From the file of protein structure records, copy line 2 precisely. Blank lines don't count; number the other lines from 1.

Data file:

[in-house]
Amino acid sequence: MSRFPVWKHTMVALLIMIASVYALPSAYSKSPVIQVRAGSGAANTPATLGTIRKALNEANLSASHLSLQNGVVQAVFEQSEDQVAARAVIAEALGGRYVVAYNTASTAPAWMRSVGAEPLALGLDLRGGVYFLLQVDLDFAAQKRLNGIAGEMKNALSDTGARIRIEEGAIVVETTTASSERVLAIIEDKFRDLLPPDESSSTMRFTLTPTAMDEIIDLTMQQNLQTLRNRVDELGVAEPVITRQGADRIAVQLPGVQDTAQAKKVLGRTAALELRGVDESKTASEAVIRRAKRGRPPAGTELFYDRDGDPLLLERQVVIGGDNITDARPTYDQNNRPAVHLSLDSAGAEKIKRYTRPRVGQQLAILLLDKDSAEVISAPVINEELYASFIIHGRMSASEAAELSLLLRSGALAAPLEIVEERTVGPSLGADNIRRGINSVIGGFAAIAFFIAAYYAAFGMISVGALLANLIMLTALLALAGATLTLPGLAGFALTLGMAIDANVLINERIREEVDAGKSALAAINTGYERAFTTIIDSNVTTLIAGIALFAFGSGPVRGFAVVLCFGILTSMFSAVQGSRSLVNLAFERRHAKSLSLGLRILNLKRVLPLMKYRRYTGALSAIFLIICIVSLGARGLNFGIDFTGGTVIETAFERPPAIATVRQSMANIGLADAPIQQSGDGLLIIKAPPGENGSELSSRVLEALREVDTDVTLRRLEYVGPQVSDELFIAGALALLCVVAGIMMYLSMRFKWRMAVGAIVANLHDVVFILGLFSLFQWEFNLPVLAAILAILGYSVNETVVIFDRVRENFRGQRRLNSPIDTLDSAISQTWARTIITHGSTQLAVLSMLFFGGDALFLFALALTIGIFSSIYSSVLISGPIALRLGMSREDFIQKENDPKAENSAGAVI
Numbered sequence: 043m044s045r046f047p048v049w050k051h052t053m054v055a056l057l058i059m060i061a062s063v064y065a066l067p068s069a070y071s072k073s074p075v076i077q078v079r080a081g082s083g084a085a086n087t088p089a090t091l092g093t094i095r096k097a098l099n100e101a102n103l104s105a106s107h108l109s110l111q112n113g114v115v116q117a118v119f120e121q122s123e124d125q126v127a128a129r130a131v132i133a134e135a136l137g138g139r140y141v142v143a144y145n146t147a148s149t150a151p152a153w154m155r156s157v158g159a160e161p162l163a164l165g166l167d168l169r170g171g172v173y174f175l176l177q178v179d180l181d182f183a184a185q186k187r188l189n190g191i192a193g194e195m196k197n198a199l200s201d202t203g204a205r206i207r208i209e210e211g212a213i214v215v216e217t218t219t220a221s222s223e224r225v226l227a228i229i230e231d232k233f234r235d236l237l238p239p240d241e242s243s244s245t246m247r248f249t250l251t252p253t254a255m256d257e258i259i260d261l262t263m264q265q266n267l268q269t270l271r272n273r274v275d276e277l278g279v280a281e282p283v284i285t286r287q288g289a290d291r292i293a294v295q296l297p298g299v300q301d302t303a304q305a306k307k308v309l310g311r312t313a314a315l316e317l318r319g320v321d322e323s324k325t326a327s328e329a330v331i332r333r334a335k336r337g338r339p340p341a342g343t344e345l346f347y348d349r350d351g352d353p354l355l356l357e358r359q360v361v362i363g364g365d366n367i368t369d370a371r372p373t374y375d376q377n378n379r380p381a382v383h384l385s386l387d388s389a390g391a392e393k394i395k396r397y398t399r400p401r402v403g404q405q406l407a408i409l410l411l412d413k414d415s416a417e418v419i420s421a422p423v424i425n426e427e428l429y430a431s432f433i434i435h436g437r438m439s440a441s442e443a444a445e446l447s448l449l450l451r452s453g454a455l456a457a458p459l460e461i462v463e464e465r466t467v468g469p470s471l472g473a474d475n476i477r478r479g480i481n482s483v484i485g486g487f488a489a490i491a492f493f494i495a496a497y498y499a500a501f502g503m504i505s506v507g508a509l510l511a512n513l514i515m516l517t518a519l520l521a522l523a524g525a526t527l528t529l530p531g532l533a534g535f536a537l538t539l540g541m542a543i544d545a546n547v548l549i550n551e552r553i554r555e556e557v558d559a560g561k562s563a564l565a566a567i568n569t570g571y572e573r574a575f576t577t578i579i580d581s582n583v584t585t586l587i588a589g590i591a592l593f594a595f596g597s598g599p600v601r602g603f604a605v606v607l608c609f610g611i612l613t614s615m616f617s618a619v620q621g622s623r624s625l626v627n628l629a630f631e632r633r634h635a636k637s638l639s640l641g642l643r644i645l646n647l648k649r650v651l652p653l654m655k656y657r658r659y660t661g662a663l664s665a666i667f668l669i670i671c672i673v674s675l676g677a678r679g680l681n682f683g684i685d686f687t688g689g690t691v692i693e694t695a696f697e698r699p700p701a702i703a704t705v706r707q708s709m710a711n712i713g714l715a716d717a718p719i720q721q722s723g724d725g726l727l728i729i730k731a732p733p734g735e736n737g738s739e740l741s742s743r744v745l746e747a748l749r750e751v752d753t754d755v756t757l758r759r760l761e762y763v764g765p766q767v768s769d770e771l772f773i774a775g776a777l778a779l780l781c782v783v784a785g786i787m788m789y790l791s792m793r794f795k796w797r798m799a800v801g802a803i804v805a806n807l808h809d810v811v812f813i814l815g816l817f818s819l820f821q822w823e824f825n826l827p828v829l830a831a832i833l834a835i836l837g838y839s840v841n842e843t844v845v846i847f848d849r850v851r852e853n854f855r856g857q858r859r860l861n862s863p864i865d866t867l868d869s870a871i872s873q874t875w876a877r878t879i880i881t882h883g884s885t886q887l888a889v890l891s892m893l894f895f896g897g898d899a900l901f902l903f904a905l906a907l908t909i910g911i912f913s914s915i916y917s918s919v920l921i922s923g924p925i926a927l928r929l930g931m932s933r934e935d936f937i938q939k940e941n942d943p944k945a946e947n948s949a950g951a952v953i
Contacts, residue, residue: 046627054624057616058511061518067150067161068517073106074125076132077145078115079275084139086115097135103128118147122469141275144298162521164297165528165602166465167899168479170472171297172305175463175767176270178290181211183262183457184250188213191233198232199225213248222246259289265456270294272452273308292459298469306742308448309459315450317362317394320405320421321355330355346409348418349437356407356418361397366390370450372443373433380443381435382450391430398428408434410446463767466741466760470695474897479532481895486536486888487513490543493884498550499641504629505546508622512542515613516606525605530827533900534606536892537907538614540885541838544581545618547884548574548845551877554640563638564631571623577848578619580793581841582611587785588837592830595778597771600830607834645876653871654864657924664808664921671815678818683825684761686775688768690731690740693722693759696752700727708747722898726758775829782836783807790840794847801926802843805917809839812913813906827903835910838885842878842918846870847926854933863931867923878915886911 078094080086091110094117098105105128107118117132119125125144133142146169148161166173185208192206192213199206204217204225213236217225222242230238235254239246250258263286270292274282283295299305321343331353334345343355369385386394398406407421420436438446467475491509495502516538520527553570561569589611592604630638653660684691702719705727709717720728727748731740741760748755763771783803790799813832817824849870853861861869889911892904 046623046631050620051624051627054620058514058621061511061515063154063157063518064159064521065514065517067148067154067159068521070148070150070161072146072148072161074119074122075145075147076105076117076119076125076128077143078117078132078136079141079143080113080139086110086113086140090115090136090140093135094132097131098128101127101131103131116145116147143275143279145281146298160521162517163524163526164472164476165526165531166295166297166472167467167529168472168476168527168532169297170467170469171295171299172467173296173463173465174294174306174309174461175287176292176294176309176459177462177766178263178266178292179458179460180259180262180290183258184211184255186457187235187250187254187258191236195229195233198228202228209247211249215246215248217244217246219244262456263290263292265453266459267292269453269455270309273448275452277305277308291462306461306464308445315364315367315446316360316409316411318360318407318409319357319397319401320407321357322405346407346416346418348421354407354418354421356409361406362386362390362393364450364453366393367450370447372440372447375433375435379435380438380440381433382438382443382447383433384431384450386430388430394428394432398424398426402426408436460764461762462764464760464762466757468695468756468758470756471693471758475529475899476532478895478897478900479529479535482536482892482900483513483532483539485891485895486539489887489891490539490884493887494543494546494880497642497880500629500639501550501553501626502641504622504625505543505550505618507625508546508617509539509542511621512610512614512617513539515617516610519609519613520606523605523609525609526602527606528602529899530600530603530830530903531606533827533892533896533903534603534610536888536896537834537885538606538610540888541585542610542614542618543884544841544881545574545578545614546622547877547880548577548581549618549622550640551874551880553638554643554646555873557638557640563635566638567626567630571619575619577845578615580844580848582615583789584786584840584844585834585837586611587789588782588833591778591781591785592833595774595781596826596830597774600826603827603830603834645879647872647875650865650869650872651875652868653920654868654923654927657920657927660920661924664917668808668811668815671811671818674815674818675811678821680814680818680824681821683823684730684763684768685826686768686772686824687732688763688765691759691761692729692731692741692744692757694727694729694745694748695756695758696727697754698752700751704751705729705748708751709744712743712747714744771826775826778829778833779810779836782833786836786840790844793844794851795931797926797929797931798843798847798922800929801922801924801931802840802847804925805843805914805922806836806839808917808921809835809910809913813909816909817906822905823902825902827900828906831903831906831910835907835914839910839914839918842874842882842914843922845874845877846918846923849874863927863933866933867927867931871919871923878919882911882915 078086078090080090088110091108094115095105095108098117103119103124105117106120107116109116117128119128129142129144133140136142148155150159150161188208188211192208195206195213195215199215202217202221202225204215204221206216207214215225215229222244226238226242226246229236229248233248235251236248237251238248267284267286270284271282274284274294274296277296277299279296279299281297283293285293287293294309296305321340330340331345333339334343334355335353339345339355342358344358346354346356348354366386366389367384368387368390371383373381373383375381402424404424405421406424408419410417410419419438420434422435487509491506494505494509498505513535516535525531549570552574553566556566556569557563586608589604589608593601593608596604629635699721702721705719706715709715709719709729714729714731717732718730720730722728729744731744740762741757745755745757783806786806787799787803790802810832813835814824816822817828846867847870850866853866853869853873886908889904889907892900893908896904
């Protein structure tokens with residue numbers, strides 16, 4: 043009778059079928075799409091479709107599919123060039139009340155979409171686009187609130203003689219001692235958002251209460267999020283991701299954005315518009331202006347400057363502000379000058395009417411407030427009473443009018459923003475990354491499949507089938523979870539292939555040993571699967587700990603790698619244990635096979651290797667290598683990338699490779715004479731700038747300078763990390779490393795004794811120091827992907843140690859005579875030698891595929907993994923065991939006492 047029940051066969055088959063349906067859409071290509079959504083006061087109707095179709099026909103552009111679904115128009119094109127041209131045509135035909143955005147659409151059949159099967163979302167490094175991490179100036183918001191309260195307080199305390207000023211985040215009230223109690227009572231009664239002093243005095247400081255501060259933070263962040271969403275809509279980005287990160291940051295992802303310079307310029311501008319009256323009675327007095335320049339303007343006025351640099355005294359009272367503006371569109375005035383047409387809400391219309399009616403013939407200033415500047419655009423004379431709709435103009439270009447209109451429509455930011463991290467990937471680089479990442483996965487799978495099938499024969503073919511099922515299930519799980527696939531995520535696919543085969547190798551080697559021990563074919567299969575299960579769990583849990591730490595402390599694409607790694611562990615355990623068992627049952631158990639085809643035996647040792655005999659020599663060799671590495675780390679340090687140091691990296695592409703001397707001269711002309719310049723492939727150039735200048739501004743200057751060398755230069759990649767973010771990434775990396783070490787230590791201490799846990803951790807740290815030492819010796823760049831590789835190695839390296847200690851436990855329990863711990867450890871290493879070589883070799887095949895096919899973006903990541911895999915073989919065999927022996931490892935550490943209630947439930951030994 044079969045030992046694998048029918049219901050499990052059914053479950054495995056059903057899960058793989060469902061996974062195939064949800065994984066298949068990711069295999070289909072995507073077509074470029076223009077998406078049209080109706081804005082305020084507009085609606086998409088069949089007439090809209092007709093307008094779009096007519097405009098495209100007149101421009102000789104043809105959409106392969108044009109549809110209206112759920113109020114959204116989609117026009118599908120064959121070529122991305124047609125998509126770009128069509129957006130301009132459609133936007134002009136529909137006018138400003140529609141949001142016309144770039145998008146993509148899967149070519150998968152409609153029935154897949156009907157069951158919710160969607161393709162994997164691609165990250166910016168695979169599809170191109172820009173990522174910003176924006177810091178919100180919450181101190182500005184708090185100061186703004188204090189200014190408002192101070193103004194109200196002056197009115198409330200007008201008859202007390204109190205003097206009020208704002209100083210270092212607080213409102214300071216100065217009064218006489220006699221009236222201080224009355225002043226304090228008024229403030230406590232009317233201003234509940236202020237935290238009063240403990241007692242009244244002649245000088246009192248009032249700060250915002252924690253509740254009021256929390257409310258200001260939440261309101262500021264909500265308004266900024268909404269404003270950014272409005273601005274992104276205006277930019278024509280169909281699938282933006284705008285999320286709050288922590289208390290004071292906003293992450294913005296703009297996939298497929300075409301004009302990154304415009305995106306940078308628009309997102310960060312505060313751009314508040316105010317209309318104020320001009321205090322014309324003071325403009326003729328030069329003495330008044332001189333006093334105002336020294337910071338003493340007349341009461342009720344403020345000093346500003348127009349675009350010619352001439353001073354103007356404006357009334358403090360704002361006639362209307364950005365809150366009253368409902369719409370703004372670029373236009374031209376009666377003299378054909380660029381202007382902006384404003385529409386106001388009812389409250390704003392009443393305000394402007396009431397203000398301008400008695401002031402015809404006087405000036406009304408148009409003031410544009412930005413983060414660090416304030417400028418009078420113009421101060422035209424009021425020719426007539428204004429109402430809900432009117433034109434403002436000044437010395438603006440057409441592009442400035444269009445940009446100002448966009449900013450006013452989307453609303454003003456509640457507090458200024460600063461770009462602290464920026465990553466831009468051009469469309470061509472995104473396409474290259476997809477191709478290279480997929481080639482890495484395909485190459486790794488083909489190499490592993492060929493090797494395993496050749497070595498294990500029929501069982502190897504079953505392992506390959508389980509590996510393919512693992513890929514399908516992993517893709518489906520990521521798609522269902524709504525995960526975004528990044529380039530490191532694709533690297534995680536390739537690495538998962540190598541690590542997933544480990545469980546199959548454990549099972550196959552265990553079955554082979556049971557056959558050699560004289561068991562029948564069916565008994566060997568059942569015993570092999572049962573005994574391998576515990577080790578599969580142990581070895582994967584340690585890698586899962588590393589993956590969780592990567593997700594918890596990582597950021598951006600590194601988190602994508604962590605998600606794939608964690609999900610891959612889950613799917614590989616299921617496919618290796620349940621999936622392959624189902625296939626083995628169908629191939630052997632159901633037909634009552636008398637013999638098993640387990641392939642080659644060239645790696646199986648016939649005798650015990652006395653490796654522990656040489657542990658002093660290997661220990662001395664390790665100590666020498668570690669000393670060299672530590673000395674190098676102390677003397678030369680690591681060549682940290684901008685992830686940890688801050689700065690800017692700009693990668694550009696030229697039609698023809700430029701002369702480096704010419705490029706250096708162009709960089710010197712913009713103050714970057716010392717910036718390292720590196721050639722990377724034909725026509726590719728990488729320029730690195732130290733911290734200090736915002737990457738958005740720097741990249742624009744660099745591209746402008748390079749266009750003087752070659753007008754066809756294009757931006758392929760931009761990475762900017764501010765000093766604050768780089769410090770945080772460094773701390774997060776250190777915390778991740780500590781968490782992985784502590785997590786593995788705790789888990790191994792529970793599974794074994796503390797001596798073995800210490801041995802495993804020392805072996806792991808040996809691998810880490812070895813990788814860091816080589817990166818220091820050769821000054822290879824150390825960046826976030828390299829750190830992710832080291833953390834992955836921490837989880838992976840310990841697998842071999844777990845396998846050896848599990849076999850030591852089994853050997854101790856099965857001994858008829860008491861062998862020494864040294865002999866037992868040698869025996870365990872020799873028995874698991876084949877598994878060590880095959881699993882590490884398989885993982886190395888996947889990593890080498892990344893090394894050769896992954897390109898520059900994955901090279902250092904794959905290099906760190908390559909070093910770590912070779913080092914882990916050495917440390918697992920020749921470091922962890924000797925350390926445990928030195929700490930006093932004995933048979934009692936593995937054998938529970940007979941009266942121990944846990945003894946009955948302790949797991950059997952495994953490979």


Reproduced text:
Amino acid sequence: MSRFPVWKHTMVALLIMIASVYALPSAYSKSPVIQVRAGSGAANTPATLGTIRKALNEANLSASHLSLQNGVVQAVFEQSEDQVAARAVIAEALGGRYVVAYNTASTAPAWMRSVGAEPLALGLDLRGGVYFLLQVDLDFAAQKRLNGIAGEMKNALSDTGARIRIEEGAIVVETTTASSERVLAIIEDKFRDLLPPDESSSTMRFTLTPTAMDEIIDLTMQQNLQTLRNRVDELGVAEPVITRQGADRIAVQLPGVQDTAQAKKVLGRTAALELRGVDESKTASEAVIRRAKRGRPPAGTELFYDRDGDPLLLERQVVIGGDNITDARPTYDQNNRPAVHLSLDSAGAEKIKRYTRPRVGQQLAILLLDKDSAEVISAPVINEELYASFIIHGRMSASEAAELSLLLRSGALAAPLEIVEERTVGPSLGADNIRRGINSVIGGFAAIAFFIAAYYAAFGMISVGALLANLIMLTALLALAGATLTLPGLAGFALTLGMAIDANVLINERIREEVDAGKSALAAINTGYERAFTTIIDSNVTTLIAGIALFAFGSGPVRGFAVVLCFGILTSMFSAVQGSRSLVNLAFERRHAKSLSLGLRILNLKRVLPLMKYRRYTGALSAIFLIICIVSLGARGLNFGIDFTGGTVIETAFERPPAIATVRQSMANIGLADAPIQQSGDGLLIIKAPPGENGSELSSRVLEALREVDTDVTLRRLEYVGPQVSDELFIAGALALLCVVAGIMMYLSMRFKWRMAVGAIVANLHDVVFILGLFSLFQWEFNLPVLAAILAILGYSVNETVVIFDRVRENFRGQRRLNSPIDTLDSAISQTWARTIITHGSTQLAVLSMLFFGGDALFLFALALTIGIFSSIYSSVLISGPIALRLGMSREDFIQKENDPKAENSAGAVI